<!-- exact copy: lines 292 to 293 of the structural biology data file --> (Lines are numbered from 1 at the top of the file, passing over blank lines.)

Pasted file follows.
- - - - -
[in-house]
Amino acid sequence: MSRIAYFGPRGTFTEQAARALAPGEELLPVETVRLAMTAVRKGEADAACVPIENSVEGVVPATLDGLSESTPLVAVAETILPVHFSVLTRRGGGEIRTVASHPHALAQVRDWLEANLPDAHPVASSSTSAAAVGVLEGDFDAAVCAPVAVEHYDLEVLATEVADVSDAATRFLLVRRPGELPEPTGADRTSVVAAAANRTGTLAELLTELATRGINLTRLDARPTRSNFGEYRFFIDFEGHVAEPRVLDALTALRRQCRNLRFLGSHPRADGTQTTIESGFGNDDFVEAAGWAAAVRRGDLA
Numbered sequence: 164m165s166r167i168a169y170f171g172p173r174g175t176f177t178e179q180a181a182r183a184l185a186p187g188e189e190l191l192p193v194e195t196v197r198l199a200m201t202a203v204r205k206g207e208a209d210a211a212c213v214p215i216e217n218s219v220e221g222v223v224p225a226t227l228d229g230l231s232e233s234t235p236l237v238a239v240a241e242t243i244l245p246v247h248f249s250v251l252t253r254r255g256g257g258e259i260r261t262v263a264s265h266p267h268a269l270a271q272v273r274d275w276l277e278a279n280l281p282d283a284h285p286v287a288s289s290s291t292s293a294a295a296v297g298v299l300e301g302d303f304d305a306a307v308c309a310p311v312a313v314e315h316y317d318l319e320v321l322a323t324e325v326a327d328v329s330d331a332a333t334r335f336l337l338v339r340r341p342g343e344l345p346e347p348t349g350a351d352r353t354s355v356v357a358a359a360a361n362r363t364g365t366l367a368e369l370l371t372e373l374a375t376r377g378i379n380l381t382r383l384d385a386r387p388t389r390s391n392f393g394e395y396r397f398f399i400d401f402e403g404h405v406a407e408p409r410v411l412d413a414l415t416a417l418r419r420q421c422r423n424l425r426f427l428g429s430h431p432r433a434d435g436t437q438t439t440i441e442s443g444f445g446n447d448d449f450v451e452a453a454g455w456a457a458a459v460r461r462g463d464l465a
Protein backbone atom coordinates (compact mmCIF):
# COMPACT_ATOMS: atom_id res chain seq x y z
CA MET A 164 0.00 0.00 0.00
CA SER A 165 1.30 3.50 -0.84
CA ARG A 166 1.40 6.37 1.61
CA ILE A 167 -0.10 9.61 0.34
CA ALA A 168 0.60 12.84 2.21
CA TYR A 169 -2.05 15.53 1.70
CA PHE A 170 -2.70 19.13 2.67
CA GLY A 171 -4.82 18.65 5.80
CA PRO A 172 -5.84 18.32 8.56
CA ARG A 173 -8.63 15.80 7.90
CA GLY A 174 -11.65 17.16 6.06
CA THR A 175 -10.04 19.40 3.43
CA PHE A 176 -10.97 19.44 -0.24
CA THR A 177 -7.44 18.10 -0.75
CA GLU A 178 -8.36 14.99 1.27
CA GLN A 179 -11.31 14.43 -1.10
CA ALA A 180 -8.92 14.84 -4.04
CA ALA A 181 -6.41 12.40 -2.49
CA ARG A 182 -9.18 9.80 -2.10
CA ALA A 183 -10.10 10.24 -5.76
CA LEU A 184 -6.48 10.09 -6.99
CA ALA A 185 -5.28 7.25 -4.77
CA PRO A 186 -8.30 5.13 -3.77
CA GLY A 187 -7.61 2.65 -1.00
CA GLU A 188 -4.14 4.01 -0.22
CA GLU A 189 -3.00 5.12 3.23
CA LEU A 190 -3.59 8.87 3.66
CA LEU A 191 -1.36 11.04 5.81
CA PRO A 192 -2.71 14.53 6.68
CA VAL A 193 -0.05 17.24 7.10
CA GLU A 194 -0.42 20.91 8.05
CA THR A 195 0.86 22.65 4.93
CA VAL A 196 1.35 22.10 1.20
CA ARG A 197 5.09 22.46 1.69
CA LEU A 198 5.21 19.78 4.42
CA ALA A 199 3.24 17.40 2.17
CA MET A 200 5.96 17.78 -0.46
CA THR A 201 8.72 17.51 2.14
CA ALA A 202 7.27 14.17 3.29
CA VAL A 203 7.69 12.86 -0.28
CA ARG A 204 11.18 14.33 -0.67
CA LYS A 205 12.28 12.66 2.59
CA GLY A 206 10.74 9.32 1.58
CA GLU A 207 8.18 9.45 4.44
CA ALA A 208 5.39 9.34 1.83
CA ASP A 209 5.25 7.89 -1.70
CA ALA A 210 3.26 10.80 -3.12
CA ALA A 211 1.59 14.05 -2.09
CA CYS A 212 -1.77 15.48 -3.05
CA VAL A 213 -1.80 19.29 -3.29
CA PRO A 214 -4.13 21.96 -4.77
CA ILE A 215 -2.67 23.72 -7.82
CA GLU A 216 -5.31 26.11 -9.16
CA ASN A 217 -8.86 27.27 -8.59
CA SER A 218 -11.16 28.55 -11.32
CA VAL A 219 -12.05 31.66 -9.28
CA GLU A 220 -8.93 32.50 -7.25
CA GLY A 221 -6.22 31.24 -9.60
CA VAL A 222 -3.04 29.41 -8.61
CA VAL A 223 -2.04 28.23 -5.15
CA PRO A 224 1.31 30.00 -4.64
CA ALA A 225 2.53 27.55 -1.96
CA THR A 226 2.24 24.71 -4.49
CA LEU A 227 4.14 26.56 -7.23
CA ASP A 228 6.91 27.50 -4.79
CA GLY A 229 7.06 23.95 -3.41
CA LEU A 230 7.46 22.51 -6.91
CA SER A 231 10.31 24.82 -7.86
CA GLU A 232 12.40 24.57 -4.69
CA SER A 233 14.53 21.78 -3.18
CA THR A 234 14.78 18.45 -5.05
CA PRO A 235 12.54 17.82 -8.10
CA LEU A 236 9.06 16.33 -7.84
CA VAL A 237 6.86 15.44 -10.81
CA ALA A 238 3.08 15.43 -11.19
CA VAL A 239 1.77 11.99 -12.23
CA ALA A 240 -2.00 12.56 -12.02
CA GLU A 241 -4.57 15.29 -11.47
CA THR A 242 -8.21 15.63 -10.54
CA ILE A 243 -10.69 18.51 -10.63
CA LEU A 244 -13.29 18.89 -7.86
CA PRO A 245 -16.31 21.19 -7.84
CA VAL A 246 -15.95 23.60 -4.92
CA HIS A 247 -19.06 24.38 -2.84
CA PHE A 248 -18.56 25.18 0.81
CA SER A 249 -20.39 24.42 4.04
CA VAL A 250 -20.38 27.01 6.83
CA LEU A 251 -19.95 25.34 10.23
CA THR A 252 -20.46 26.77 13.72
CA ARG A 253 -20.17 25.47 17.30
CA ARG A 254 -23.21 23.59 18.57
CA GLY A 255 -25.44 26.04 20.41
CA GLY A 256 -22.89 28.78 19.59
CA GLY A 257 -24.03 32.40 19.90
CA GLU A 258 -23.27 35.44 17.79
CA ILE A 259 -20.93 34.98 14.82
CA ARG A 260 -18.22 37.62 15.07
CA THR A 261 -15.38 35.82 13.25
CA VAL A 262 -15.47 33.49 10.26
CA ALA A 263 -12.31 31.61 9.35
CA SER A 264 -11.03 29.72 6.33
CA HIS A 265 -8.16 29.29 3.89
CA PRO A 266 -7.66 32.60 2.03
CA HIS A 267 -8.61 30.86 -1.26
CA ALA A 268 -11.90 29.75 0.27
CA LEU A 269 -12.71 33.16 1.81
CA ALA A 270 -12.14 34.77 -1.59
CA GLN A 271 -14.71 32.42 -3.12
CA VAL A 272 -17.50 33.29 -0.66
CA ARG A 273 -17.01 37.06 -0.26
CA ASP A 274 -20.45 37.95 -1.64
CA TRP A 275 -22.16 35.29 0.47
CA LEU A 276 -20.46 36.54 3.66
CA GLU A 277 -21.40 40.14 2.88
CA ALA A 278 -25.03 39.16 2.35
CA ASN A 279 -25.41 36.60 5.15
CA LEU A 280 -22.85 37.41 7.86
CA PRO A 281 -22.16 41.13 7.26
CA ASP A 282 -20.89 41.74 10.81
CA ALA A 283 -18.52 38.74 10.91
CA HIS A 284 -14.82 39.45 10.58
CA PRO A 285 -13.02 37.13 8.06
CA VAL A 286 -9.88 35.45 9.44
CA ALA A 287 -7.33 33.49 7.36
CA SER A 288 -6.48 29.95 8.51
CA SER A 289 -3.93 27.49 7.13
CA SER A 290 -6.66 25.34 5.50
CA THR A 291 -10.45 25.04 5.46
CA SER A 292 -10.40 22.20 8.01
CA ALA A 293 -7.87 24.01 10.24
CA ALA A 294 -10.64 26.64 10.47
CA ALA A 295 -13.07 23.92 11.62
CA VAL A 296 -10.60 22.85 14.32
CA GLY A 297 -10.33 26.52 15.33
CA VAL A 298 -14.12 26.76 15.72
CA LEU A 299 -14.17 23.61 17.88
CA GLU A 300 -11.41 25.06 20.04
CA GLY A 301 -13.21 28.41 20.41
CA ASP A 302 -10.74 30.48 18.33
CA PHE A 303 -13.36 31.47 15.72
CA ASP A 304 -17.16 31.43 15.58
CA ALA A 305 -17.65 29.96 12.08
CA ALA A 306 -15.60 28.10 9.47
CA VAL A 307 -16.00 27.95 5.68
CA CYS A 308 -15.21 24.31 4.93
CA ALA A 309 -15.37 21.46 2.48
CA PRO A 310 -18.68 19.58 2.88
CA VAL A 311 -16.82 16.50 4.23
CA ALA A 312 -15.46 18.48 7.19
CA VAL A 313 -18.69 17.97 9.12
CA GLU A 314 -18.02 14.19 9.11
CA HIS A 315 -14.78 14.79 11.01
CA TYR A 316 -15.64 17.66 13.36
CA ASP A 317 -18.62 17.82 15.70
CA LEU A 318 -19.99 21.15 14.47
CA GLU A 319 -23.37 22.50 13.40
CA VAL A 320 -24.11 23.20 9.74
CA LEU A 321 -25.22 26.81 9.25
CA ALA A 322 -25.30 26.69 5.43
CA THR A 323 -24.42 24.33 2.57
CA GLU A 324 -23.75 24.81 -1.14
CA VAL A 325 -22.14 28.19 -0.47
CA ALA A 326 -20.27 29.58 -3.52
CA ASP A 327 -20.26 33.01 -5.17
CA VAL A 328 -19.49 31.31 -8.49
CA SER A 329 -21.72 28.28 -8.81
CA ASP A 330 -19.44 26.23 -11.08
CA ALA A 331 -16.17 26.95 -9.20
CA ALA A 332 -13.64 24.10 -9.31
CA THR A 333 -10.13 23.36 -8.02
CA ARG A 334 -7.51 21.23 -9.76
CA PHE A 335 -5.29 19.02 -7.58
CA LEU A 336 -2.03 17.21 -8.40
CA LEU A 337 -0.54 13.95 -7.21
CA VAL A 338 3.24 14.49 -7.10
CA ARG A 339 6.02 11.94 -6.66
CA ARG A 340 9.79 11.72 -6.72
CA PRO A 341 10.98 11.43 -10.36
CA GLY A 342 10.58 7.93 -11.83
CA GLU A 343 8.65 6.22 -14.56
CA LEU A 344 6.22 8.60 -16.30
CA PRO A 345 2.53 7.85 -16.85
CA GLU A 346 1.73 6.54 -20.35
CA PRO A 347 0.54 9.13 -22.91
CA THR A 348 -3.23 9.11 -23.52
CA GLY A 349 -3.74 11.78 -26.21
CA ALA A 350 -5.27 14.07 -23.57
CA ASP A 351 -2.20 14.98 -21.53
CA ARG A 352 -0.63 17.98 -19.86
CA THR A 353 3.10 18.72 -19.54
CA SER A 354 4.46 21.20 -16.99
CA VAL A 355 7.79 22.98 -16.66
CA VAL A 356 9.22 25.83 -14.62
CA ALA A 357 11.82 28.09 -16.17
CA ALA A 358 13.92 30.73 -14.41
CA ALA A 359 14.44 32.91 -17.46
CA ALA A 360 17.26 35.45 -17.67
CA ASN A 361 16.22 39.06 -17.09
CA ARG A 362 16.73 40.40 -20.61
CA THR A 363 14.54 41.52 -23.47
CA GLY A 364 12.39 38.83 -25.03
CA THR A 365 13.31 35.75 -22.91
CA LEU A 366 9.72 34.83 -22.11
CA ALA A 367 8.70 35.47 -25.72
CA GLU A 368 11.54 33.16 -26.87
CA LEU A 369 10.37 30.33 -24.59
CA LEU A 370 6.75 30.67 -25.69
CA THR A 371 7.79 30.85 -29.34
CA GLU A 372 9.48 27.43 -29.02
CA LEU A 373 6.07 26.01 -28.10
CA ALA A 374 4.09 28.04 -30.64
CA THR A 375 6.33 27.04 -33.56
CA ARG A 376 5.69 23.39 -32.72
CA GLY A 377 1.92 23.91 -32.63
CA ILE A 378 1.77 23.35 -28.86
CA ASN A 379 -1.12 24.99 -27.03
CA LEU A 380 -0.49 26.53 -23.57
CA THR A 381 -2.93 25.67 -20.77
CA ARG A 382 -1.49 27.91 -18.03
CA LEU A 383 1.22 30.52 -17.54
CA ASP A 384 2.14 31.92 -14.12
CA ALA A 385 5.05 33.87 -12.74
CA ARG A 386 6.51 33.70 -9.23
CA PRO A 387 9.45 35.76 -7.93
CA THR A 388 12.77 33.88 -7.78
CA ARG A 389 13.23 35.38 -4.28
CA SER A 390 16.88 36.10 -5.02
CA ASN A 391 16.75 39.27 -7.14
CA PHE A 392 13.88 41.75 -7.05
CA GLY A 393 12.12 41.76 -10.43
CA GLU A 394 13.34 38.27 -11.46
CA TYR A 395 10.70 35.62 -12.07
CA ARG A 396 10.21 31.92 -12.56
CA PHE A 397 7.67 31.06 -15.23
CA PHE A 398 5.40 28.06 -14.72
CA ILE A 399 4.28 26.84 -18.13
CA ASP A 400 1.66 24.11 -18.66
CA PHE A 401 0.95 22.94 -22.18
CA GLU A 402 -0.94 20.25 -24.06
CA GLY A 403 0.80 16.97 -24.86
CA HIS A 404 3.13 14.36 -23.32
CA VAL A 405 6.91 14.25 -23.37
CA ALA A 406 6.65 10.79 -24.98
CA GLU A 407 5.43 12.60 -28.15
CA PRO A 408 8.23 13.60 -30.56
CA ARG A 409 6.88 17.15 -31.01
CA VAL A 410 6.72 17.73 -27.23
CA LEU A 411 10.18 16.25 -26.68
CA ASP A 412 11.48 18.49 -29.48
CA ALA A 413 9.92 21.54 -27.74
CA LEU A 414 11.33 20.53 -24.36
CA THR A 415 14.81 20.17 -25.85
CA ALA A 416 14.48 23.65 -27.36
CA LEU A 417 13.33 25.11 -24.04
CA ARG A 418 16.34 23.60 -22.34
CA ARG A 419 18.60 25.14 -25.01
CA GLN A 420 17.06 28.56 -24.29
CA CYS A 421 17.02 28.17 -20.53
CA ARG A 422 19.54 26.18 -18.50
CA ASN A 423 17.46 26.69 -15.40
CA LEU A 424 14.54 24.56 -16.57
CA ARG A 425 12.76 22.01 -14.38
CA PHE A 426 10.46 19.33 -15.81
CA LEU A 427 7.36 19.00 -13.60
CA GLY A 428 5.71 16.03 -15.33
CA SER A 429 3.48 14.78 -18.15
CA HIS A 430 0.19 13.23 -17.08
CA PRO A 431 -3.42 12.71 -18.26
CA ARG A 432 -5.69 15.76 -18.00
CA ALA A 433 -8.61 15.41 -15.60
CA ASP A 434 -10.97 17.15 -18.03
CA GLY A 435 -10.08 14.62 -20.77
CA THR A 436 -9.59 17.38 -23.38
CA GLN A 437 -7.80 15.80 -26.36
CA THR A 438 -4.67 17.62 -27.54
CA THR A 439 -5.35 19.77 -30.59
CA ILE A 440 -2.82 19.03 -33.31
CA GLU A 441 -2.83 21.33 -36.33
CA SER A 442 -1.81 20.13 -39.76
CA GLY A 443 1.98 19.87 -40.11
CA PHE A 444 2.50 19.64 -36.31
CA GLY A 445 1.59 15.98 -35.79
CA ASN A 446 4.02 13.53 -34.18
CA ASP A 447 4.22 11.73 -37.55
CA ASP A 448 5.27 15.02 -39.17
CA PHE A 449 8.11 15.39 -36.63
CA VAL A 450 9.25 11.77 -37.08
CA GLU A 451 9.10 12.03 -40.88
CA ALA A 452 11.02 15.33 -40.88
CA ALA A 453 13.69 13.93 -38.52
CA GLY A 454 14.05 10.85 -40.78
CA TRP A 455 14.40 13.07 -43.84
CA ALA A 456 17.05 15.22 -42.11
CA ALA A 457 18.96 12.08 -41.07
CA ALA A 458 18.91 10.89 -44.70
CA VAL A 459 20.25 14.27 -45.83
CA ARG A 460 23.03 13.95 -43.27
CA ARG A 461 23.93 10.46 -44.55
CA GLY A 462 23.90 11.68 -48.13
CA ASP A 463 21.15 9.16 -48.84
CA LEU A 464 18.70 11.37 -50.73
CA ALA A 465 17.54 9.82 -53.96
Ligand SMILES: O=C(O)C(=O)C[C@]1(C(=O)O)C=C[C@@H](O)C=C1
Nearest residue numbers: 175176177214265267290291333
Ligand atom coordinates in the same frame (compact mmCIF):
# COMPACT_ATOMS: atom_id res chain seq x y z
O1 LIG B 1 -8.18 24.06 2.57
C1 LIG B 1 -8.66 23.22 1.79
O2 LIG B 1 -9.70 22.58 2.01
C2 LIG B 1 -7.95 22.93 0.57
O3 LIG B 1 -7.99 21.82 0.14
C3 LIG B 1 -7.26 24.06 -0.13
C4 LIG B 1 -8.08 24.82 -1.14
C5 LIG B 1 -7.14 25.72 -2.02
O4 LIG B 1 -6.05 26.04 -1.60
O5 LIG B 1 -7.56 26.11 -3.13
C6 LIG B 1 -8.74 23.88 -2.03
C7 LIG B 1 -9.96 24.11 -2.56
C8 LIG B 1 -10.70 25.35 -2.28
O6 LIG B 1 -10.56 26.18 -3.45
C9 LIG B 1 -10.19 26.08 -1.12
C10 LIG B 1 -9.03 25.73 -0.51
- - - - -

CA VAL A 450 9.25 11.77 -37.08
CA GLU A 451 9.10 12.03 -40.88